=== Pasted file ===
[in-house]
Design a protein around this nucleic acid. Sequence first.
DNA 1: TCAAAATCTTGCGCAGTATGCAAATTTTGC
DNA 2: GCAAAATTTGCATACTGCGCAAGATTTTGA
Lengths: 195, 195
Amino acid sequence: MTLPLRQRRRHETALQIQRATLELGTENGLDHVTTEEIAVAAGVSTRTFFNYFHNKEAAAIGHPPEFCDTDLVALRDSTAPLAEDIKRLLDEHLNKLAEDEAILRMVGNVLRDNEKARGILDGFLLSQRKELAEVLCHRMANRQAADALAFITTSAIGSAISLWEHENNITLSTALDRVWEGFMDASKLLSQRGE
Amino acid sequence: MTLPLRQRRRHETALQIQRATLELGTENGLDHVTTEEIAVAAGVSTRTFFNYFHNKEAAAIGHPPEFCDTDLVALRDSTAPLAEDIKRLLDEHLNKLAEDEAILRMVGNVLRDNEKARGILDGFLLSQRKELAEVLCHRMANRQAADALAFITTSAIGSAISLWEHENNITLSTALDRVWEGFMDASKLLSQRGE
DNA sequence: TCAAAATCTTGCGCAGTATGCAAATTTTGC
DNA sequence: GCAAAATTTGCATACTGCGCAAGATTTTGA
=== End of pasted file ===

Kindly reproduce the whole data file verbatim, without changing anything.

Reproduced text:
[in-house]
Design a protein around this nucleic acid. Sequence first.
DNA 1: TCAAAATCTTGCGCAGTATGCAAATTTTGC
DNA 2: GCAAAATTTGCATACTGCGCAAGATTTTGA
Lengths: 195, 195
Amino acid sequence: MTLPLRQRRRHETALQIQRATLELGTENGLDHVTTEEIAVAAGVSTRTFFNYFHNKEAAAIGHPPEFCDTDLVALRDSTAPLAEDIKRLLDEHLNKLAEDEAILRMVGNVLRDNEKARGILDGFLLSQRKELAEVLCHRMANRQAADALAFITTSAIGSAISLWEHENNITLSTALDRVWEGFMDASKLLSQRGE
Amino acid sequence: MTLPLRQRRRHETALQIQRATLELGTENGLDHVTTEEIAVAAGVSTRTFFNYFHNKEAAAIGHPPEFCDTDLVALRDSTAPLAEDIKRLLDEHLNKLAEDEAILRMVGNVLRDNEKARGILDGFLLSQRKELAEVLCHRMANRQAADALAFITTSAIGSAISLWEHENNITLSTALDRVWEGFMDASKLLSQRGE
DNA sequence: TCAAAATCTTGCGCAGTATGCAAATTTTGC
DNA sequence: GCAAAATTTGCATACTGCGCAAGATTTTGA